Mental Health Court is a voluntary, fourteen-to-eighteen month, multi-phase intervention program for adults involved in the criminal justice system due to an underlying, unmanaged mental health disorder. Mental Health Courts are collaborative efforts by several local and state agencies that work together to provide mental health treatment and intensive judicial supervision to aid participants in achieving healthy, stabilized lifestyles. Mental Health Court involves frequent court appearances, random drug/alcohol testing, group and individual counseling, and intensive community supervision. Mental Health Court awards incentives for compliance with programmatic requirements and achieving treatment goals.
Mental Health Courts strive to increase public safety, decrease the incarceration of the mentally ill, and improve the quality of life for participants, families, and the community.
Mental Health Court Team:
A dedicated multidisciplinary team of professionals manages the day-to-day operations of Mental Health Court, including reviewing participants progress during pre-court team meetings and status hearings, contributing observations and recommendations within team members' respective areas of expertise, and delivering or overseeing the delivery of legal, treatment, and supervision services.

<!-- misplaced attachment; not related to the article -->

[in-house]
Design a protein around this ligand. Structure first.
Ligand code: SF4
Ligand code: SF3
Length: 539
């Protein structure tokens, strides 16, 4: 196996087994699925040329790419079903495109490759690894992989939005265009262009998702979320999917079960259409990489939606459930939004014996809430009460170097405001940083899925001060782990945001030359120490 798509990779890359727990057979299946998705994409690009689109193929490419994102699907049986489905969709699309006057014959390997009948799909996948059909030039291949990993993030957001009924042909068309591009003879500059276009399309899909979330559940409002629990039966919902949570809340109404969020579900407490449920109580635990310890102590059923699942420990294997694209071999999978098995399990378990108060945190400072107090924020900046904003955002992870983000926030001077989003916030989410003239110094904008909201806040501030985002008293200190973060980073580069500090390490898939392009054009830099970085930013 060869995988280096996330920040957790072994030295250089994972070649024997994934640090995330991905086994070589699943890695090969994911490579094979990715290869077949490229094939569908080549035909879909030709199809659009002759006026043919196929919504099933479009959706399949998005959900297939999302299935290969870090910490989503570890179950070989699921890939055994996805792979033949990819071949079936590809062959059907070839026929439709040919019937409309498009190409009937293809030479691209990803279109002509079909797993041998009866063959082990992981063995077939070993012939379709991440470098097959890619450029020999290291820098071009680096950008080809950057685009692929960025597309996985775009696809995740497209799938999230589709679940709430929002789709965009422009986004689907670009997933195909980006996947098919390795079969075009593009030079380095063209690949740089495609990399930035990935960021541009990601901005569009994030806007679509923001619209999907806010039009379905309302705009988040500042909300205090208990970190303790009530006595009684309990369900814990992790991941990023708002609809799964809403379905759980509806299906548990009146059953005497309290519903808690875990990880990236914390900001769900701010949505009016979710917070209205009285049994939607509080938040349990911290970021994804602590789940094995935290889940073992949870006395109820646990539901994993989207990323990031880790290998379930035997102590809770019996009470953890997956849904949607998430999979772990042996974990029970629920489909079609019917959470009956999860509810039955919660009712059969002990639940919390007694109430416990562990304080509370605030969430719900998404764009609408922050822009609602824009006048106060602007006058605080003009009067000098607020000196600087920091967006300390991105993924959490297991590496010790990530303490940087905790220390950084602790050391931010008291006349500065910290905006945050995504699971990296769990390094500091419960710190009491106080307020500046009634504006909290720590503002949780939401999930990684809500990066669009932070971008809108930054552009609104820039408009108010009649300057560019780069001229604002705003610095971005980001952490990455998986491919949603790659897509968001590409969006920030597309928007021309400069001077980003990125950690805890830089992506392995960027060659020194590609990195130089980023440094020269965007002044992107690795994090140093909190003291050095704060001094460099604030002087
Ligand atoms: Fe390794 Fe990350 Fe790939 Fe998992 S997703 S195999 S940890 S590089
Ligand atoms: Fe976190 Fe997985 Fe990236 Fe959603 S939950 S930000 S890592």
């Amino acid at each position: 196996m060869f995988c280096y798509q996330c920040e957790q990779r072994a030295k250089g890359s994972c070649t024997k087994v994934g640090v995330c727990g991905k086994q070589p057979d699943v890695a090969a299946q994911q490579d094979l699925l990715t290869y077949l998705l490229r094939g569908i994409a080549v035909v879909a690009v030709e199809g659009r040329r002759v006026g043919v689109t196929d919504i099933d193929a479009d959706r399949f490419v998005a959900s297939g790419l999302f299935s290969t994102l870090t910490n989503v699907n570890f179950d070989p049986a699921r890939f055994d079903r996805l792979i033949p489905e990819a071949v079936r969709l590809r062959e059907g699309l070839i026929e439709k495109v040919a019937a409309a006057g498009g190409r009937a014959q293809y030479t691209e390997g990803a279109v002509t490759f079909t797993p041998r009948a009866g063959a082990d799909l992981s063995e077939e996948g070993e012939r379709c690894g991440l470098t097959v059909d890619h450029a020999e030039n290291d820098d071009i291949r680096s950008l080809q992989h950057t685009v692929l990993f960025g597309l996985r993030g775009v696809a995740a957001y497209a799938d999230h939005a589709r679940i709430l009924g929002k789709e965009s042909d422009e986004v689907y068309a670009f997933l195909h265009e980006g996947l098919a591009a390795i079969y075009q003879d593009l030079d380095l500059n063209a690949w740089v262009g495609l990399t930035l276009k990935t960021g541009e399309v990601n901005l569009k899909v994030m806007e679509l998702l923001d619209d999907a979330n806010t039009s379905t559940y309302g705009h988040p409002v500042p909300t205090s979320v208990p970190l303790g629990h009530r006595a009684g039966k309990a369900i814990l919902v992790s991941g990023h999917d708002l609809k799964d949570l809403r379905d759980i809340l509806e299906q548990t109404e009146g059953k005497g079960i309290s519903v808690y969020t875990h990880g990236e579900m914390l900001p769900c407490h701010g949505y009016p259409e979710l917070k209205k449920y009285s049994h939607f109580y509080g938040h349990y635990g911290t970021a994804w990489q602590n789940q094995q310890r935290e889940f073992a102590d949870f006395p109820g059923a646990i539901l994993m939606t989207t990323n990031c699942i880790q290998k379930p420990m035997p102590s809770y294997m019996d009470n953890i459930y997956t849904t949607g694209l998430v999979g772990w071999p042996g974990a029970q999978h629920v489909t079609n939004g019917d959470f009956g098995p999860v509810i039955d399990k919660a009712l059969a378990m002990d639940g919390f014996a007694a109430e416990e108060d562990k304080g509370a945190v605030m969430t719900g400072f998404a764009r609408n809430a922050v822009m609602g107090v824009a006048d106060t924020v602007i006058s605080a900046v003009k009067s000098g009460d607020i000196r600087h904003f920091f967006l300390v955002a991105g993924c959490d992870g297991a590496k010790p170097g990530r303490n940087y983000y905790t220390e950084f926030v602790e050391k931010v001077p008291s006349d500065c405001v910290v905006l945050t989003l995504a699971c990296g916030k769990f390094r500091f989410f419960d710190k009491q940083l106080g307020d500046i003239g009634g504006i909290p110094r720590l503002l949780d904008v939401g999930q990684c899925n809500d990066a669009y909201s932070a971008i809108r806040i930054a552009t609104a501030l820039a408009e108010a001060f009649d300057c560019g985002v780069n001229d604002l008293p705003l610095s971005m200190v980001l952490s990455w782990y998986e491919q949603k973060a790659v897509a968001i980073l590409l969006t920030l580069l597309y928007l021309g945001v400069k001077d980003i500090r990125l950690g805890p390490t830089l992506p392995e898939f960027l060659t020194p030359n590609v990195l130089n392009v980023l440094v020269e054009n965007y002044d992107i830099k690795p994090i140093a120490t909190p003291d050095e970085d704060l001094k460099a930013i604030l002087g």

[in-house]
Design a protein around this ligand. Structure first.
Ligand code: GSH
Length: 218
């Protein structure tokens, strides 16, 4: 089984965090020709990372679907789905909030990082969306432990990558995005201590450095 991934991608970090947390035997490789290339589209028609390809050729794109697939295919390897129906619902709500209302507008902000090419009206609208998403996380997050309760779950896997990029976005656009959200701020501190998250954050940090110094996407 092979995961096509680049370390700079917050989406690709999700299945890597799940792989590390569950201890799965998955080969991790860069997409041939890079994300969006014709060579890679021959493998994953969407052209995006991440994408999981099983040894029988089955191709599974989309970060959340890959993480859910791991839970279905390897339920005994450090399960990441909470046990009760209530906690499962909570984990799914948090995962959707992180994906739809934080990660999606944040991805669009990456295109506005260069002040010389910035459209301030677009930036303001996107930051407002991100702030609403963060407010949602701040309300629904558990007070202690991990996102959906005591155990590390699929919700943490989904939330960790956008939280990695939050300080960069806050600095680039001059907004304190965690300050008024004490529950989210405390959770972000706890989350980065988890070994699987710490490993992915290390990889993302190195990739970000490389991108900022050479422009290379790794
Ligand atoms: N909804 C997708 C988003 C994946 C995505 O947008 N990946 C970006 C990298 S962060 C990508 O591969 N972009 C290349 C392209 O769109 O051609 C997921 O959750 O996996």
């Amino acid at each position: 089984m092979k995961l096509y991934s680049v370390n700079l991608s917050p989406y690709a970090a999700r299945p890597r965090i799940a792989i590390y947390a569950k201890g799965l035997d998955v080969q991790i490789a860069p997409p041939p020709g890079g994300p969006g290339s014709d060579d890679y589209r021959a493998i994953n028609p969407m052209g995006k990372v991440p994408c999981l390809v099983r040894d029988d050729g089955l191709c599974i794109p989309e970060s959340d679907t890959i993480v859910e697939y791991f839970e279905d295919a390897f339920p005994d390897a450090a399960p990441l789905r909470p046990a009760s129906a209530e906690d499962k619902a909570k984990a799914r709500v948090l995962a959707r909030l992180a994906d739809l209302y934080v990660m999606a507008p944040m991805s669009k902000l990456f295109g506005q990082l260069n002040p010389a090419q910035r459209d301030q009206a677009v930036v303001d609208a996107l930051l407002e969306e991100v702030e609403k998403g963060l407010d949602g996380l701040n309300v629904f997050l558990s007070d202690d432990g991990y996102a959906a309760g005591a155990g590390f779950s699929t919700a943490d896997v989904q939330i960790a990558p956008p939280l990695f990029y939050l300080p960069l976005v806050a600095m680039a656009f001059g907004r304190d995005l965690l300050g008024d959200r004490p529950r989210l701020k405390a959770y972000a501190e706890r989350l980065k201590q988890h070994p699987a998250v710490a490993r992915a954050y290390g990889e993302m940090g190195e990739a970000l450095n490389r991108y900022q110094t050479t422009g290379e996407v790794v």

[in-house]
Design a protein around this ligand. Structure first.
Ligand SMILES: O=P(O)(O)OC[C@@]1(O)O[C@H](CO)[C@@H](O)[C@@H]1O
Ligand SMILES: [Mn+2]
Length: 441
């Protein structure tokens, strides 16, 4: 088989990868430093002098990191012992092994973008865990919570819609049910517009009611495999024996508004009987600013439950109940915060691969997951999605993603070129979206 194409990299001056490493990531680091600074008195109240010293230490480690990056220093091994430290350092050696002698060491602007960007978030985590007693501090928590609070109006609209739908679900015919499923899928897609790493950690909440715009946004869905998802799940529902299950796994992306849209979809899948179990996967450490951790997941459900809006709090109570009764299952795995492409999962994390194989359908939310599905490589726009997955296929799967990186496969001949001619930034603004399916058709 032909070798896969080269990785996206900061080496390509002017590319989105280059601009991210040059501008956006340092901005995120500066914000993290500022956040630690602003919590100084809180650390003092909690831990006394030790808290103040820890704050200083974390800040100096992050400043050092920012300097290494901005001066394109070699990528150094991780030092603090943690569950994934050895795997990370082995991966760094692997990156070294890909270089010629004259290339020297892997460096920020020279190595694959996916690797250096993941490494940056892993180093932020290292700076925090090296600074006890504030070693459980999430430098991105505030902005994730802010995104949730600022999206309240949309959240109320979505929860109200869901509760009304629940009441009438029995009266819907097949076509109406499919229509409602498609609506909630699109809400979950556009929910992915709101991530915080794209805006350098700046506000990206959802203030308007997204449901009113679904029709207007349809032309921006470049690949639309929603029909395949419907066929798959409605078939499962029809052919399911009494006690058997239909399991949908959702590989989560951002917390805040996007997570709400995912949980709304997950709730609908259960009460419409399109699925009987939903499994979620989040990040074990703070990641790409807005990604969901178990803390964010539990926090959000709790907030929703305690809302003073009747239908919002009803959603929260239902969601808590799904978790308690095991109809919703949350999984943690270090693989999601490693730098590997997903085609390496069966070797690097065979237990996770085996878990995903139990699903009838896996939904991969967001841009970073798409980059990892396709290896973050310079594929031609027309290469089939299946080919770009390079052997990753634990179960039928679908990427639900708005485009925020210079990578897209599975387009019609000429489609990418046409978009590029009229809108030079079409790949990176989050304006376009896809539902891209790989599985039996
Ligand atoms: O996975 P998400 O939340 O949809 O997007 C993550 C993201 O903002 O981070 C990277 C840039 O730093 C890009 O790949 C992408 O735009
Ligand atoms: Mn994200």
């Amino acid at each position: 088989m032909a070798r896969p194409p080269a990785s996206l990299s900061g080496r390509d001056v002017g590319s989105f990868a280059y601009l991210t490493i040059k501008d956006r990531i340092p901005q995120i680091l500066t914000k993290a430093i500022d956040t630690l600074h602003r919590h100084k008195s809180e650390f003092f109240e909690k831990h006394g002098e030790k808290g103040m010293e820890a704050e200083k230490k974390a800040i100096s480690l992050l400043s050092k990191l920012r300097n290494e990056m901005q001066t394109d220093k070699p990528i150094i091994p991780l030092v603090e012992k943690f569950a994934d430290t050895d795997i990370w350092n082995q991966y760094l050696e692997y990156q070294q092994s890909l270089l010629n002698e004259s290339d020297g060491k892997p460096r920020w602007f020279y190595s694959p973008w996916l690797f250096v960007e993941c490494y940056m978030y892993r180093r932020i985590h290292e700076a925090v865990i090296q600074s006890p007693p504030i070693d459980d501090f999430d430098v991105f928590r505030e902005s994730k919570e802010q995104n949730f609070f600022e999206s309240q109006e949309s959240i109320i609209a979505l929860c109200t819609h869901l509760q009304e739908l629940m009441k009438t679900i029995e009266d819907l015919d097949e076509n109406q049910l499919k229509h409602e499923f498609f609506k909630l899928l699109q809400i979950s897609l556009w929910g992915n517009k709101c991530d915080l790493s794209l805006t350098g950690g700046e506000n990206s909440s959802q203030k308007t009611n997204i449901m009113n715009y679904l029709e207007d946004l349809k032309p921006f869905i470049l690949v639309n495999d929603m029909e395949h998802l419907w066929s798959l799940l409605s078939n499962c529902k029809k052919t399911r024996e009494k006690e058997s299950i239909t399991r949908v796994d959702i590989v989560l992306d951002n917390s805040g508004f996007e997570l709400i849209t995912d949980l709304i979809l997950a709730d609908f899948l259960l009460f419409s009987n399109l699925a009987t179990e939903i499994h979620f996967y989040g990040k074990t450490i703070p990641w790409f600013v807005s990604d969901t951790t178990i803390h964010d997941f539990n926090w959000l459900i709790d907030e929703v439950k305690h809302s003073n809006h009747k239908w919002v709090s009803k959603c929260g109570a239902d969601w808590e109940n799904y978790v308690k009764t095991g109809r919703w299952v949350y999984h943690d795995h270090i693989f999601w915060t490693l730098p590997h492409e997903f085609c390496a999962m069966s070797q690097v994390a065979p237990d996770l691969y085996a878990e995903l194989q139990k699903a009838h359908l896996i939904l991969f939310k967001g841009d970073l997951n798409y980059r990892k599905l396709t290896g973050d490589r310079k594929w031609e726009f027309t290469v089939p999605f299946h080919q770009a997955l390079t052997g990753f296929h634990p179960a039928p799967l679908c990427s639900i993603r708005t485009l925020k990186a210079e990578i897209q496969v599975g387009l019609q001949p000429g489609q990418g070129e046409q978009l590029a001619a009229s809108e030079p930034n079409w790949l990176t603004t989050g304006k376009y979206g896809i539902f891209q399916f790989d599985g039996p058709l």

The Mental Health Court team is comprised of representatives from partnering agencies involved in the program, which includes the following:
- Program Coordinator
- Prosecuting Attorney
- Defense Attorney
- Treatment Provider
- Probation Officer
- Law Enforcement Liaison
To be eligible for a Mental Health Court:
- The person must be an adult;
- The person must be charged with a criminal offense;
- The person must not be charged with a serious felony offense involving violence as defined in A.C.A.§5-4-501 (c)(2);
- The person must not have a previous conviction or pending charge for a felony offense that would require the person to register as a sex offender;
- The person must have a mental health disorder and must be identified as clinically appropriate as determined by a validated clinical assessment tool;
- The person must be identified as high-risk/high-need as determined by a validated risk-need assessment tool;
- The person must be approved for admission by the Mental Health Court team.
- Step One: Application - A person or defense counsel may apply to Mental Health Court through the program coordinator.
- Step Two: Preliminary Prosecutor Approval - The prosecuting attorney will determine if the person's pending case(s) and criminal history meet eligibility criteria.
- Step Three: Risk-Need Assessment - The person will complete a risk-need assessment.
- Step Four: Clinical Assessment - The person will complete a clinical assessment.
- Step Five: Team Review - The Mental Health Court team will review the person's information, including the risk-need and clinical assessment findings, to determine program appropriateness.
Mental Health Courts are subject to evaluation by the Specialty Court Program Advisory Committee under A.C.A. §16-10-139.